Last Saturday, on a cool summer mountain in central coastal California, M and I attended our first wedding (other than our own) together. Raina and Paul hosted nearly 100 people for an entire weekend event that was kicked off with an Indian feast and bonfire on Friday night. The next morning people helped string paper lanterns above the outdoor dance floor and concoct mason jar photo-and-lavender displays. Guests slept in cabins or tents (we chose the latter) at this beautiful Buddhist retreat center where we were asked not to swat or kill the mosquitoes :)
M, who knows me well enough to know that this is my tendency, cautioned early on: Now don't you go comparing every little thing to our wedding and making yourself feel bad. Who, me?
What's life without making myself feel bad? I joked, to which he responded by hugging me close. The beauty of getting older, though, is the realization that the world is not one giant competition unless you make it one. Maybe it was the very genuine and friendly guests, maybe it was all those fireside S'mores, but not only did I feel totally serene in my enjoyment, I had no desire to chastise myself for not thinking of stacks of classic books as table centerpieces (seriously, how cute is that?)
For our own ceremony, I'd asked my friend Judith to choose a reading. I decided to wait until the wedding to hear it (we share a love of words; I trusted her judgment). When she read "The Invitation" by Oriah Mountain Dreamer I couldn't help but cry; serious choked-up snort-like sobs came out of me, not polite, elegant tears. So it was with total delight that I listened to the groom's mother recite the same poem for their ceremony, held in a hushed grove of towering redwoods. (The newlyweds told us later that our own ceremony, and especially our vows, had inspired theirs. We were beyond honored.)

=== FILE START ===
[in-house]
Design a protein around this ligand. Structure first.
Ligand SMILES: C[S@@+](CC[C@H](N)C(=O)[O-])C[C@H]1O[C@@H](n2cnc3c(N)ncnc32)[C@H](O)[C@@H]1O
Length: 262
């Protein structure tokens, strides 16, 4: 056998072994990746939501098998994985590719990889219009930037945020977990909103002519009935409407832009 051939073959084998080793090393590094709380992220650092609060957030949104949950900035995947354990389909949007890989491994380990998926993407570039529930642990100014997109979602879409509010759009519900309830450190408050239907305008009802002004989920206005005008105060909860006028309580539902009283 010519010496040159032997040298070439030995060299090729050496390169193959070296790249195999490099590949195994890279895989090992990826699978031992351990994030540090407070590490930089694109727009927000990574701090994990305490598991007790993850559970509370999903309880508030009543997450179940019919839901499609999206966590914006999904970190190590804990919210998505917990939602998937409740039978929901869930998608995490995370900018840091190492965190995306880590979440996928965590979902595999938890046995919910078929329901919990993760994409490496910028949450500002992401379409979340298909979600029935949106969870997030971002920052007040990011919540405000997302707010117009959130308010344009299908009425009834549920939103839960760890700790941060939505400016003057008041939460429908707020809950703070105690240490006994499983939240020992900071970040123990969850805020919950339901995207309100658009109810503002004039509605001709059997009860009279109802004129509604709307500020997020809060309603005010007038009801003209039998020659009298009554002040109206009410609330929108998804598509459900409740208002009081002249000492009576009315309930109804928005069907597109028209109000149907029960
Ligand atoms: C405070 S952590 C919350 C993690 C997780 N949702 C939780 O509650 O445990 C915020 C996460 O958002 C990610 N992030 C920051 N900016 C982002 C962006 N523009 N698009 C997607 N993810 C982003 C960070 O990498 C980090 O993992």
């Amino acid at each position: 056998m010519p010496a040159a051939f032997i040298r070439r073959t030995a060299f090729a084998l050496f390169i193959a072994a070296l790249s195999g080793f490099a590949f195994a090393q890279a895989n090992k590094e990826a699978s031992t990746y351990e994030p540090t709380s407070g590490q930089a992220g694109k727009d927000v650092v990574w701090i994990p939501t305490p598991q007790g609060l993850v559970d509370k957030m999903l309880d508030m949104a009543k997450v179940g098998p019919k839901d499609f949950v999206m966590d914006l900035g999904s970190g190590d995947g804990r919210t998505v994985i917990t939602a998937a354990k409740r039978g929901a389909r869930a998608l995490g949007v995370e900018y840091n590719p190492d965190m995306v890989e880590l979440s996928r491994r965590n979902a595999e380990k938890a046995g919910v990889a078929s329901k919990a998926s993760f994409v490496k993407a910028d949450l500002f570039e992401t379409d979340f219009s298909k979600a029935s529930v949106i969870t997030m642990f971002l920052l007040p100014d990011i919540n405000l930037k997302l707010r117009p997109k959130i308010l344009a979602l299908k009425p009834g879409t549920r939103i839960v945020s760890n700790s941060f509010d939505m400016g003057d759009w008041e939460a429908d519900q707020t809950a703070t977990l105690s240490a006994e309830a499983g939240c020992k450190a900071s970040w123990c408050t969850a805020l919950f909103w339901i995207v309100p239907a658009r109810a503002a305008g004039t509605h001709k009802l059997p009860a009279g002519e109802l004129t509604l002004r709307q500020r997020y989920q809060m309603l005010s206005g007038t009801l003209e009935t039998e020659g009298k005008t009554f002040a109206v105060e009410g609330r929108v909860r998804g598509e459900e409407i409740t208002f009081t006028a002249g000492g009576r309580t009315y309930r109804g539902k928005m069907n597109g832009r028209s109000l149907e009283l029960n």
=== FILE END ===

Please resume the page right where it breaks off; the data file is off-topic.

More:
The rest of the evening was dreamy: the bride in her retro veil and boots, the groom in his rock-n-roll jacket, dancing to The Pixies' Here Comes Your Man; sparkling cider toasts that were by turns hilarious and weepy, with a perfect joke made by the (single) best man's mother (I'm so glad you two have found each other, she deadpanned. I wish someone else would find somebody); and enough booty-shaking, foot-stomping glory to keep everyone warm as the ocean air rolled in.
Later that night, exhausted and cozy in our tent, M and I listened to the sounds of the die-hard wedding party. We remembered our own wedding celebration, that feeling of being on top of the world. The best part is, we still are.